Poland 1-1 Russia: Poland beef up their midfield and prevent Russia counter-attacking
Neither side played particularly open football – but strangely, this turned out to be a very good contest.
Wojciech Szczesny was suspended, so Franciszek Smuda continued with Przemyslaw Tyton, the hero of the first game, in goal. More interestingly, he changed the structure of his side, moving to more of a 4-1-4-1 formation, dropping left-winger Maciej Rybus in favour of a solid holder, Dariusz Dudka. Ludovic Obraniak moved to the left.
Dick Advocaat continued with the XI that hit four goals in Russia’s opening day win over the Czech Republic. Aleksandr Kerzhakov retained his place upfront despite Roman Pavlyuchenko’s impact from the bench – Kerzhakov’s finishing had been wayward, but his movement and link-up play was excellent, and he deserved his place here.
Neither side took the initiative and both looked to prevent the other counter-attacking. Smuda was reactive with his approach and fairly negative, but his tactics worked well.
Dudka could have been accommodated within Poland’s 4-2-3-1 had Smuda wished to continue with that system, with Rafael Murawski moving higher up the pitch and watching Igor Denisov. But Smuda chose the more defensive approach, effectively fielding three holding midfielders in front of his defence.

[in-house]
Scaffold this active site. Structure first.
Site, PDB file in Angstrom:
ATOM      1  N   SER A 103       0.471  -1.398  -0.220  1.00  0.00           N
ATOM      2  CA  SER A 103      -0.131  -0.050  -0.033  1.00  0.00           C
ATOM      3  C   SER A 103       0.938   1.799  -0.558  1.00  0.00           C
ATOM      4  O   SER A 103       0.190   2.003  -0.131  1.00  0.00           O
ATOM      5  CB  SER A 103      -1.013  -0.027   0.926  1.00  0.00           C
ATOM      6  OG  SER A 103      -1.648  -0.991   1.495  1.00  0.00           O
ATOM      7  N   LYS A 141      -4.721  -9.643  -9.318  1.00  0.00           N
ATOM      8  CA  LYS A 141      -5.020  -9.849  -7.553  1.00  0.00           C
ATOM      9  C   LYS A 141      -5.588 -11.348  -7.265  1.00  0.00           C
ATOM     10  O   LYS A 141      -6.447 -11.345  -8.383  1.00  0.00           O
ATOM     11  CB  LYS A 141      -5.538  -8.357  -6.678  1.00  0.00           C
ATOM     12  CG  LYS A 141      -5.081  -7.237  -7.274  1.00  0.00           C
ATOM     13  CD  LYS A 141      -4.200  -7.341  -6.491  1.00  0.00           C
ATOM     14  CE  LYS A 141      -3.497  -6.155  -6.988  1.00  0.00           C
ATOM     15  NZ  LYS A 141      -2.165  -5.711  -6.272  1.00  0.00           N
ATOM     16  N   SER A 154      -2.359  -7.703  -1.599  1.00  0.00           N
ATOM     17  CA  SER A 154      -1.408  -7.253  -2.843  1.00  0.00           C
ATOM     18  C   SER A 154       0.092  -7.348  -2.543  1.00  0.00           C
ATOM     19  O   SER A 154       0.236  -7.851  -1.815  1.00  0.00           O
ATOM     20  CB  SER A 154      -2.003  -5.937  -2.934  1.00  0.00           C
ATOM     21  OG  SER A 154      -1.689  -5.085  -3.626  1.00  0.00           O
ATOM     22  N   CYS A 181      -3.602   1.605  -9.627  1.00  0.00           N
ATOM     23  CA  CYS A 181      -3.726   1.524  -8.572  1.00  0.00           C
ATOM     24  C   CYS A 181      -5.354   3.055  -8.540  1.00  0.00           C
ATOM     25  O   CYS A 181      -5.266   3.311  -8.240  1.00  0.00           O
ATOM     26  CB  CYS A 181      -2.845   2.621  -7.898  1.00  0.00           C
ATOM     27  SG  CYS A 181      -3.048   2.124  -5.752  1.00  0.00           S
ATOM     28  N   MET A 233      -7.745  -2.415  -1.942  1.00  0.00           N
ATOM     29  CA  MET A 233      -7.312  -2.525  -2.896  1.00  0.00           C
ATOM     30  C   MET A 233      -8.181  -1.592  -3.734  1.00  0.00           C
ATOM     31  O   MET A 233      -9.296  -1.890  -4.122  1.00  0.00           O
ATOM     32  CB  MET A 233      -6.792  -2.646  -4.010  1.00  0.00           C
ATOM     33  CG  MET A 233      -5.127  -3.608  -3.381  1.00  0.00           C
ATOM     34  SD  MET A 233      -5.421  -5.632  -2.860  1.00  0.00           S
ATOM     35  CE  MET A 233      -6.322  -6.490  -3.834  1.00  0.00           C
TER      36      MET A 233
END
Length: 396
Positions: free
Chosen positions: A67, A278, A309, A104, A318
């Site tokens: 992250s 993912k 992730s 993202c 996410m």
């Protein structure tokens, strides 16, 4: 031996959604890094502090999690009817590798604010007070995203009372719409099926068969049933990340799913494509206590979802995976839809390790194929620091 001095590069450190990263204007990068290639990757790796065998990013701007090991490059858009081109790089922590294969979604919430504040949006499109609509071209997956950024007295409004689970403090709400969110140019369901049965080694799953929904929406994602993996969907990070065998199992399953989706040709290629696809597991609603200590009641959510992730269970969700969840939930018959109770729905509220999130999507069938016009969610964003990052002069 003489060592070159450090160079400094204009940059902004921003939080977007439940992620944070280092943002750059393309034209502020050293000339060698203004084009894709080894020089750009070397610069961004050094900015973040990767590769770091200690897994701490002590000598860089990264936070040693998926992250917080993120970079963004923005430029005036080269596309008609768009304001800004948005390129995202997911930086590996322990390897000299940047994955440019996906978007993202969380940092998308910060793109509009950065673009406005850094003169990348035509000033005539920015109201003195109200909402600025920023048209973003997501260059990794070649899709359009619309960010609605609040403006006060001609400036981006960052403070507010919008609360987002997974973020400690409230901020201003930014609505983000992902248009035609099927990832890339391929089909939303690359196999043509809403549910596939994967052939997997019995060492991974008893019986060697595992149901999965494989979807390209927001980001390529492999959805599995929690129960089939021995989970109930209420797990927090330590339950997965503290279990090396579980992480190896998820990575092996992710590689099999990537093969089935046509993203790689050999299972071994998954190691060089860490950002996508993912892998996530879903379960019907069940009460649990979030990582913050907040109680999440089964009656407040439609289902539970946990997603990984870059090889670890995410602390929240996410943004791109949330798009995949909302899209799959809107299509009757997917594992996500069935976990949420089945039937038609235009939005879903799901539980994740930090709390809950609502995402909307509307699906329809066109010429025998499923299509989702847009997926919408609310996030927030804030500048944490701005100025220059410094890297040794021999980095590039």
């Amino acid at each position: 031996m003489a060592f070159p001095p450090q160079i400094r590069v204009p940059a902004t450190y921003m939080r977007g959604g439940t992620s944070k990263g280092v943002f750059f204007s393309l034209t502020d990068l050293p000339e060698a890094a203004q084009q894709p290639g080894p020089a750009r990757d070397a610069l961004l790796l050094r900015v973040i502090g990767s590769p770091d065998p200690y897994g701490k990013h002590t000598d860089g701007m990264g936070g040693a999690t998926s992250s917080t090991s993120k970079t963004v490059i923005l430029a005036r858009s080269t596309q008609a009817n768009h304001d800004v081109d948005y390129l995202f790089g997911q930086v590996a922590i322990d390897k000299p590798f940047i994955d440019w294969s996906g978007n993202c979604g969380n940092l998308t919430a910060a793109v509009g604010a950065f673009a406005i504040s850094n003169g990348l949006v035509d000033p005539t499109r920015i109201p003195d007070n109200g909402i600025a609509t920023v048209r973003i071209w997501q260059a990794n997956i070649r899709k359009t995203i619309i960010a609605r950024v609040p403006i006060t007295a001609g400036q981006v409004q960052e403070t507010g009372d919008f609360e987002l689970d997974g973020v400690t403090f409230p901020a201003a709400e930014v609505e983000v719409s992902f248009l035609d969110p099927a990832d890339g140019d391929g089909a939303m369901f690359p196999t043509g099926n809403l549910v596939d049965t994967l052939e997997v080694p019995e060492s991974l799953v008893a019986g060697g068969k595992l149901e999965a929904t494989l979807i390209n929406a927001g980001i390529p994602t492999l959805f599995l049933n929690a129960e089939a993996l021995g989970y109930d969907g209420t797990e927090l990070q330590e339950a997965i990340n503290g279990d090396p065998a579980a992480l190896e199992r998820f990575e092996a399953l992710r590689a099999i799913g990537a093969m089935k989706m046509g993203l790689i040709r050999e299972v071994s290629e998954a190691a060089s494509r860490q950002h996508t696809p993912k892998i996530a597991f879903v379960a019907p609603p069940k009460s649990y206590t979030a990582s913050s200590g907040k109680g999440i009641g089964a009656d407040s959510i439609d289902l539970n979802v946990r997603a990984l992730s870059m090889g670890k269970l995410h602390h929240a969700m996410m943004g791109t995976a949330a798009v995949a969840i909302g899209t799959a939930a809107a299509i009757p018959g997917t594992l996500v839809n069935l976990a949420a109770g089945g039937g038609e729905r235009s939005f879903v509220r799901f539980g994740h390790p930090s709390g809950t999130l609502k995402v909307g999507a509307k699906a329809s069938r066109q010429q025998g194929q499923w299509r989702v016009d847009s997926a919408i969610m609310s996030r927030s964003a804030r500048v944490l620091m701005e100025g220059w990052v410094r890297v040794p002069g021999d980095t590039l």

Although ‘defensive’ in basic terms, it actually made Poland more fluid on the counter-attack. In the opening game, both Murawski and Eugen Polanski sat solidly ahead of the defence and left attacking to the other four players, plus Lukasz Piszczek moving forward from right-back.
Here, with Dudka as the insurance policy, those two players had license to join the attacking trio when Poland won the ball, and both popped up on the edge of the box to partake in the attacking combinations.
Russia breaks thwarted
But this was a move predominantly designed to stop Russia from playing. Smuda had seen how smooth Russia’s counter-attacking was against the Czech Republic, and how the Czechs suffered hugely from not having a designated holding midfielder in position to tidy up in front of the defence. In that game, Russia played excellent combinations through their midfield triangle, which generally ended with either Roman Shirokov or Alan Dzagoev finding space between the lines.
Not only did Poland put Dudka rigidly in that zone, they also dropped their midfield deep, and prevented Russia from getting space between the lines, even in the positions either side of Dudka, where Andrei Arshavin and Dzagoev like to work. Dudka, Polanski and Murawski worked as a trio and communicated well, but generally kept their shape and weren’t dragged around by the rotation of Shirokov and Konstantin Zyryanov.
Russia couldn’t move the ball forward quickly, and had to keep returning to Denisov, who was playing as the pivot in midfield. Poland didn’t attempt to close him down, and consequently Denisov completed by far the highest number of passes – 98, with Zyryanov the next highest on 68.
With the central midfield zone crowded, Russia looked forward to Kerzhakov much quicker. He continued to drift from side to side, particularly to the left, his favoured run at club level with Zenit. It helped that Piszczek was trying to advance down that flank to support Poland’s attack.